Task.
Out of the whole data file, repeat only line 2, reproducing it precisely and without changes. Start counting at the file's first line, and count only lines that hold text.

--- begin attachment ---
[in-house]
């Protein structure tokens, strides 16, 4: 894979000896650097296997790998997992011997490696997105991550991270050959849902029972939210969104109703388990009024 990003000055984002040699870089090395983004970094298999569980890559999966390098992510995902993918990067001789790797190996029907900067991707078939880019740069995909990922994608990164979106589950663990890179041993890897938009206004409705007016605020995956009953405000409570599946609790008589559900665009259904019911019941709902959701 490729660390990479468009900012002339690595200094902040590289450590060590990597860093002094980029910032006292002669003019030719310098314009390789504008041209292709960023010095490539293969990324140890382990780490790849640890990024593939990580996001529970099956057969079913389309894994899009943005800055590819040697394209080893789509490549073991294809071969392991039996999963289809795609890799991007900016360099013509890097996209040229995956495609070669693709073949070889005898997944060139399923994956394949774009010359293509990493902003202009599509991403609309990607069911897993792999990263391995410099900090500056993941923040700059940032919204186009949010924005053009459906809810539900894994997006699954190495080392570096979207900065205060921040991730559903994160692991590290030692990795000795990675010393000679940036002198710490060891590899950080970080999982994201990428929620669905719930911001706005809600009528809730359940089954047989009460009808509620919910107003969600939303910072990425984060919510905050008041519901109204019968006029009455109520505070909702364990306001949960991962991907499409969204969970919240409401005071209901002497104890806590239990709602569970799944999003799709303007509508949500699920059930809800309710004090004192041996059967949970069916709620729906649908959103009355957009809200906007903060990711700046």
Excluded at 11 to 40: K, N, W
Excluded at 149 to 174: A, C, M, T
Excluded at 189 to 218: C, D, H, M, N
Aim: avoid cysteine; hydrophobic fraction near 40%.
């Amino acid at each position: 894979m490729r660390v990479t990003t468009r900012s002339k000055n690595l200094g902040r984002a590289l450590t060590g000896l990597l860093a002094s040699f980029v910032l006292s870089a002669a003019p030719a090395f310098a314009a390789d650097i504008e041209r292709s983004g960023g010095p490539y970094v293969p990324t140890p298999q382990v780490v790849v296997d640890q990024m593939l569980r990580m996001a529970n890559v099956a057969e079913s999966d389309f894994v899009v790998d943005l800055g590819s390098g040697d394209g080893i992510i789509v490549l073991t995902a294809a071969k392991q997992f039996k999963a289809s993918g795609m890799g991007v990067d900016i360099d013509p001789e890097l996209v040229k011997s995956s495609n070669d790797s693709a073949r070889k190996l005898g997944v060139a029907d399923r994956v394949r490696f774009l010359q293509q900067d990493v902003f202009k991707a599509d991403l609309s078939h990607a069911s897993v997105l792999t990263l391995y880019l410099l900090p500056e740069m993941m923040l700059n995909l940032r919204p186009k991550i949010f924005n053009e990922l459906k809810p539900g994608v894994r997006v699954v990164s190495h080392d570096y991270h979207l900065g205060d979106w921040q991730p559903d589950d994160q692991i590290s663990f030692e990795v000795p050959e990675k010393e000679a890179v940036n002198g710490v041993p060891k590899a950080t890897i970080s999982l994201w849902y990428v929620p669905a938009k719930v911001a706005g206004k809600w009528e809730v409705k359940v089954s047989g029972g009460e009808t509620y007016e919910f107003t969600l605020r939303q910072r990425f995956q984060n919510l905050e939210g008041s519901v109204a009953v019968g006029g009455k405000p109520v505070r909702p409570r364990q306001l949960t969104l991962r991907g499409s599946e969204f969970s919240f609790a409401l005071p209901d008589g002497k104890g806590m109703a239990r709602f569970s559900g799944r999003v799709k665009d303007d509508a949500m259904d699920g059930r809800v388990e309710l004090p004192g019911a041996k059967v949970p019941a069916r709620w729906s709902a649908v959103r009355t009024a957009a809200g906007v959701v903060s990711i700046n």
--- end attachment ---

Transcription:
């Protein structure tokens, strides 16, 4: 894979000896650097296997790998997992011997490696997105991550991270050959849902029972939210969104109703388990009024 990003000055984002040699870089090395983004970094298999569980890559999966390098992510995902993918990067001789790797190996029907900067991707078939880019740069995909990922994608990164979106589950663990890179041993890897938009206004409705007016605020995956009953405000409570599946609790008589559900665009259904019911019941709902959701 490729660390990479468009900012002339690595200094902040590289450590060590990597860093002094980029910032006292002669003019030719310098314009390789504008041209292709960023010095490539293969990324140890382990780490790849640890990024593939990580996001529970099956057969079913389309894994899009943005800055590819040697394209080893789509490549073991294809071969392991039996999963289809795609890799991007900016360099013509890097996209040229995956495609070669693709073949070889005898997944060139399923994956394949774009010359293509990493902003202009599509991403609309990607069911897993792999990263391995410099900090500056993941923040700059940032919204186009949010924005053009459906809810539900894994997006699954190495080392570096979207900065205060921040991730559903994160692991590290030692990795000795990675010393000679940036002198710490060891590899950080970080999982994201990428929620669905719930911001706005809600009528809730359940089954047989009460009808509620919910107003969600939303910072990425984060919510905050008041519901109204019968006029009455109520505070909702364990306001949960991962991907499409969204969970919240409401005071209901002497104890806590239990709602569970799944999003799709303007509508949500699920059930809800309710004090004192041996059967949970069916709620729906649908959103009355957009809200906007903060990711700046």